(No, no, and no: I’m not going to trouble you with my own theories on the matter!)
The humblest truth – as I see things – is that something has been happening in our skies for centuries. While the jury is out on whether or not these unidentified aerial phenomena are saucers, beings, or something even less conventional, there’s no escaping the fact that witnesses have been reporting them to authorities largely with the hope that whatever was seen can be sufficiently ‘explained away.’ Few of these folks are seeking celebrity status. In fact, probably even fewer of them escape any form of fortune or glory by merely reporting an encounter of such benign prospects. It’s sad that – culturally – we’ve chosen to ridicule so many who are just doing what they perceive to be the proper course of action in the event of seeing something up there, and maybe they would all be better off for having witnessed nothing of the sort. We can be a cruel, cruel people.
But because sightings persist, television programs both fictional or otherwise have sought to plumb the depths of the subject. One of the better shows as of late has been UFOs (2021-2022), a charming mix of drama and comedy that perhaps doesn’t tease the prospect of authentic disclosure the way that Fox TV’s long-lasting procedural juggernaut The X-Files (1993-2018) successfully did. Tonally, it may swim in the same waters sparingly; yet the true difference here is in how UFOs never quite strives to reach for definitive answers, instead aiming for that sweet spot where characters matter more to each other than they remain committed to pulling back the layers of mis- and disinformation bureaucracies have buried such topics under.
Besides, the truth in here – in the human heart – might be as equally complex as anything found out there.
(NOTE: The following review will contain minor spoilers necessary solely for the discussion of plot and/or characters. If you’re the type of reader who prefers a review entirely spoiler-free, then I’d encourage you to skip down to the last few paragraphs for the final assessment. If, however, you’re accepting of a few modest hints at ‘things to come,’ then read on …)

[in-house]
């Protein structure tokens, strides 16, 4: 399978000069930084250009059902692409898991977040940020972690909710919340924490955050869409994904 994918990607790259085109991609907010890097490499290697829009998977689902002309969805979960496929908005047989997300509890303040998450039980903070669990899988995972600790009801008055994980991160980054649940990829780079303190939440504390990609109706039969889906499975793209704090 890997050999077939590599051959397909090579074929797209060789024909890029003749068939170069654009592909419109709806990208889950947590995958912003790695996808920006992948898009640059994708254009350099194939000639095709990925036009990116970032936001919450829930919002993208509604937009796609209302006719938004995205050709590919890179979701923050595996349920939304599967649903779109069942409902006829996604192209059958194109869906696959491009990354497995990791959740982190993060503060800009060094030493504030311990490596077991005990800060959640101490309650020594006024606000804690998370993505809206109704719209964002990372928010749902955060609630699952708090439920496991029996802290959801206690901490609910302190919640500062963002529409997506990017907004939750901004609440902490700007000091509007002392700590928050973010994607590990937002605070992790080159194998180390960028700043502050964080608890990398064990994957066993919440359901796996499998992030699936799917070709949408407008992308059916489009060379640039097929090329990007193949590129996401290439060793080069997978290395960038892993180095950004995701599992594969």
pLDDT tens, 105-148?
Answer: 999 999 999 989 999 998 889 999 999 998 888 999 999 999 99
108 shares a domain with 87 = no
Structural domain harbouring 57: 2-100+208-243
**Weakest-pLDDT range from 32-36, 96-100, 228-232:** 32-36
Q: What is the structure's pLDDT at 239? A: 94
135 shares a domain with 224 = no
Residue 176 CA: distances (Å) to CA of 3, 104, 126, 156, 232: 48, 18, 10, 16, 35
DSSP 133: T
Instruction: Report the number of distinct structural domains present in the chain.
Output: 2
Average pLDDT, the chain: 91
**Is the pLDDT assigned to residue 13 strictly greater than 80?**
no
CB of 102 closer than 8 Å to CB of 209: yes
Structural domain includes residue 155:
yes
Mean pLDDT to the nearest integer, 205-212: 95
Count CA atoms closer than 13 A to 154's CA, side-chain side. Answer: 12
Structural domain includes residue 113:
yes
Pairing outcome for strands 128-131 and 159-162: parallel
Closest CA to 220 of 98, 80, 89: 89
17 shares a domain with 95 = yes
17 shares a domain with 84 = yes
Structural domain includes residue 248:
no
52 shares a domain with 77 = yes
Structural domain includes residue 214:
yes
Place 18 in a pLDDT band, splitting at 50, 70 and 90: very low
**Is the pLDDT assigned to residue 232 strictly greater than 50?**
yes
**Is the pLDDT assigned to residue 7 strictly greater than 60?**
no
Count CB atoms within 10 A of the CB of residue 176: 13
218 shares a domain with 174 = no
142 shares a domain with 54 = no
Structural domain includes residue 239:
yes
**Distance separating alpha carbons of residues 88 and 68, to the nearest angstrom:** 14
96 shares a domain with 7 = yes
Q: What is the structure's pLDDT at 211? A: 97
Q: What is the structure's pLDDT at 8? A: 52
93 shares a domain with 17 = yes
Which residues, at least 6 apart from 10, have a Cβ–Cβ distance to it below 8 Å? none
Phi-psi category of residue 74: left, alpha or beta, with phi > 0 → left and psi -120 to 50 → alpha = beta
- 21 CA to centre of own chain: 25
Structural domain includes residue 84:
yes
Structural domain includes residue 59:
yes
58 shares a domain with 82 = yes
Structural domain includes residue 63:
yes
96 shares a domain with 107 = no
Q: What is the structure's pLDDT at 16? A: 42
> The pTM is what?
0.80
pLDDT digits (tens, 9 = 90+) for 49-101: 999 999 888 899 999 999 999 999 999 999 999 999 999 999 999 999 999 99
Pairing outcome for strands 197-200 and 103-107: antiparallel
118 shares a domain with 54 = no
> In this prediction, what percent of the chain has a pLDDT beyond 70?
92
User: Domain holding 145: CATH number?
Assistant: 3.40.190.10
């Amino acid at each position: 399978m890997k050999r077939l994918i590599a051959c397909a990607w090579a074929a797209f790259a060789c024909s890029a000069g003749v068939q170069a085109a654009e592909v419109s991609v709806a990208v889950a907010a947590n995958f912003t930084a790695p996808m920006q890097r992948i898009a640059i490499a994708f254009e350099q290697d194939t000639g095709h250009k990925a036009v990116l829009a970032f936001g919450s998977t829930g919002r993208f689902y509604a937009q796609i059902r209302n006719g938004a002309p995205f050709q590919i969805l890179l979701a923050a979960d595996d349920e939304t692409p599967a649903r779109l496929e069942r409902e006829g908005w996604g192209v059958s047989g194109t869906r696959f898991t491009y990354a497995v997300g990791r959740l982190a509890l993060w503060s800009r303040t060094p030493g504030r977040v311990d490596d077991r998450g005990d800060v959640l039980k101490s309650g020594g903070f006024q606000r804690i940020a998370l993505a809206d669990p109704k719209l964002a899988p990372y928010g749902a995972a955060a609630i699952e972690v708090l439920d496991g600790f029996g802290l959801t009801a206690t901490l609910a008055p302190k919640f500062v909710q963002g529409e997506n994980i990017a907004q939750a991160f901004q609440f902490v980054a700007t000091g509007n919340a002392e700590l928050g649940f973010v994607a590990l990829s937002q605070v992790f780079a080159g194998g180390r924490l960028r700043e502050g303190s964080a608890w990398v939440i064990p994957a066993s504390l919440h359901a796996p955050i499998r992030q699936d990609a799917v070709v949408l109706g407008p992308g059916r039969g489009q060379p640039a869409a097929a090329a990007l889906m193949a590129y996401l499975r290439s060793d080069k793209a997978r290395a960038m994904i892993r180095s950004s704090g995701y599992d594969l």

From the TV show’s IMDB.com page citation:
“A light-hearted comedy/drama centered on Didier Mathure, a brilliant space engineer whose aspirations are shattered when the rocket he’s spent a decade building explodes on take-off.”
I’ve often pointed out that IMDB.com’s synopses fail to hit the mark almost as often as they come near it, and that’s definitely the case here: UFOs’ first season is really only launched with that smidgen of information the website has provided, and the real substance of the drama and comedy involved in the life of Mathure (played by Melvil Poupaid), his family, and his associates is vastly more complex than is any driving conspiracy at the heart of the program. (Yes, yes, yes: there is one, and it’s occasionally handled with great depth.) Suffice it to say that if you come to the show looking for the ‘monster of the week’ variety of storytelling that makes up so much of genre entertainment, then you’re going to be disappointed. This, my friends, is a show about its characters and how each of them deals with one another as well as the fantastic mystery binding them together.